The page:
The Charlottesville School Board on Tuesday told the City Council that the division would like a portion of its capital improvement program funds to be dedicated to improvement and modernization projects and said it is having trouble maintaining a strong staff of bus drivers.
At a joint luncheon at CitySpace, the bodies discussed the division’s long- and short-term needs but did not vote on any solutions.
Schools officials said limited pay, crowded buses and the stress of keeping discipline in check mean the division has some difficulty keeping a full staff of bus drivers. Large portions of the drivers’ paychecks are eaten up by health insurance costs, Superintendent Rosa Atkins said.
“Many of our drivers work four hours, and they work mainly for the health insurance benefits,” she said. “But their health insurance costs are about $259 a pay period for a family plan … so most of their income goes to that health insurance cost.”
Assistant Superintendent Ed Gillaspie said the division is expediting the hiring process for two vacant administrative positions in the schools’ transportation department and will advocate for a raise for the drivers.
School Board members reiterated their desire to have CIP funds dedicated to improvement and modernization projects. Schools staff members earlier this year said that the division could face crowding problems in the future as enrollments increased, reversing a years-old downward trend.
The School Board voted unanimously in September to take before the city a package of classroom improvements at Walker Upper Elementary and Buford Middle schools for consideration in the CIP. Those projects did not have associated cost estimates.
The division historically has received about $1.5 million in annual capital improvement funding, most of which has been used for facilities maintenance.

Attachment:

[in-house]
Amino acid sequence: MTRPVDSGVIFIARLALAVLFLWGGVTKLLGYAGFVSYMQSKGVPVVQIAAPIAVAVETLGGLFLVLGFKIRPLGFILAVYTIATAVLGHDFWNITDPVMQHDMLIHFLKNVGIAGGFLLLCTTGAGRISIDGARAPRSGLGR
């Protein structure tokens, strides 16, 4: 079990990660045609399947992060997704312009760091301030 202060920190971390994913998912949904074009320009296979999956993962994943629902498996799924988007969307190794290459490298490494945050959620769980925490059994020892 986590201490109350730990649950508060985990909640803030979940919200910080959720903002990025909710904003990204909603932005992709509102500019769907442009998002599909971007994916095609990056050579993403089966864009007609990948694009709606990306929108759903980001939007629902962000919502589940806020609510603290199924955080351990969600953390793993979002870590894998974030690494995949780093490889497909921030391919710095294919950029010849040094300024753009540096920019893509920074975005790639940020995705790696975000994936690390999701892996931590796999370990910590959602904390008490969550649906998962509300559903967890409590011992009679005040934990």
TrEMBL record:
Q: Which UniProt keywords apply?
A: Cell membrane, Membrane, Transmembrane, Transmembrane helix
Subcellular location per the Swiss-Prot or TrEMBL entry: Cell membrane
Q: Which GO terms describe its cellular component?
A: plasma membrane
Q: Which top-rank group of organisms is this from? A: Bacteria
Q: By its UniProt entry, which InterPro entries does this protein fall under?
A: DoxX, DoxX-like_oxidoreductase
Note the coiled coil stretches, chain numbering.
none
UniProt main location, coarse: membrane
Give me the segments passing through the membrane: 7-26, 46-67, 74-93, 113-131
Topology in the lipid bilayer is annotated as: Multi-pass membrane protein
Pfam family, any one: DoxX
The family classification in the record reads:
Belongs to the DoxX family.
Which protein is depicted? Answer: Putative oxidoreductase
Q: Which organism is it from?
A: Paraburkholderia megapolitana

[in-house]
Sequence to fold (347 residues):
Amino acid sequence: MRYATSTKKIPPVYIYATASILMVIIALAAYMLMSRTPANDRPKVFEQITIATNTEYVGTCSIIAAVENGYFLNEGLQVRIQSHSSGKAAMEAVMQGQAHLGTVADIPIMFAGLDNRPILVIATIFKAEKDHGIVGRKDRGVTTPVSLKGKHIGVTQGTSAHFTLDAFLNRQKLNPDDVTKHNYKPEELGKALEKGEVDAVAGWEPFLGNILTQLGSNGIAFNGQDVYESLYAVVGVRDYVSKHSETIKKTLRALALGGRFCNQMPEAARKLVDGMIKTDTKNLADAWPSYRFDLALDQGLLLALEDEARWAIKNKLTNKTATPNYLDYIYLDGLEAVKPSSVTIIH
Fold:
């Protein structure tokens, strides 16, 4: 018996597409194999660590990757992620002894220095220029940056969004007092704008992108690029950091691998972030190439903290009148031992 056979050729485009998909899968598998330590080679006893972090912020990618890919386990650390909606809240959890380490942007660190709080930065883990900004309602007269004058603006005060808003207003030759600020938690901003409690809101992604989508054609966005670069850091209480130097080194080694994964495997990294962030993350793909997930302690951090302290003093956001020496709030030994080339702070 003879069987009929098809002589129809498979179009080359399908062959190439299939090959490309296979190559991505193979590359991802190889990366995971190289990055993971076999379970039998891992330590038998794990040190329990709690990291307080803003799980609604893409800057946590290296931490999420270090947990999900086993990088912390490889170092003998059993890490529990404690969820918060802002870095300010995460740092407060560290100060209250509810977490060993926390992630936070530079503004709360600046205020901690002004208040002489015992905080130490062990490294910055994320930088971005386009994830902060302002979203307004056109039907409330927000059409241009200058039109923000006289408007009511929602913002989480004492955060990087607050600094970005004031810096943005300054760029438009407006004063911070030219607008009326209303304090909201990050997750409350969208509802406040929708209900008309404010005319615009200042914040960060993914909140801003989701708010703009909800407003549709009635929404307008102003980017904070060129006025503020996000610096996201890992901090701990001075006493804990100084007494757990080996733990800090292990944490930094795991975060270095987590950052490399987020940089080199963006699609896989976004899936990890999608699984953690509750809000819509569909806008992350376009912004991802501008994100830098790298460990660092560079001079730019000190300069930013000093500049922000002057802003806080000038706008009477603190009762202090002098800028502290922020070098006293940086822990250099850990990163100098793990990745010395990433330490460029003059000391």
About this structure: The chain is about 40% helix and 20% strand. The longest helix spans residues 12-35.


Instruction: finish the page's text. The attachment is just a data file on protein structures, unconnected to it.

The division is currently working on a capacity and modernization study it plans to have in hand by February or March, officials said Tuesday. Board member Ned Michie said the city’s facilities are falling behind those in Albemarle County.
“I think it is particularly telling that our neighbors have just done this bond issue, and a big portion of it is for modernization, and their buildings are more modern than ours,” Michie said in reference to the $35.5 million bond referendum for school projects that county voters approved earlier this month.
“We are going to need to have that discussion, and it is compelling to me that the county citizens voted overwhelmingly to have their taxes be a little higher to pay for school modernizations,” he said.
Councilor Kristin Szakos said she would like to see a ballpark price tag for the modernization efforts and more justification from both the schools and city staff.
“We need a ballpark figure of what you are working with. Are you talking about $2 million or are you talking about $40 million,” Szakos said. “We also need to have materials from both boards about why this is important, why this stuff matters.”
The Charlottesville-Albemarle Early Education Task Force also presented the boards with the findings from its fiscal map study, which was completed in September.
Among other things, the report found that Charlottesville provides 90 percent of eligible at-risk 4-year-olds with access to pre-K, while Albemarle County provides services for 70 percent.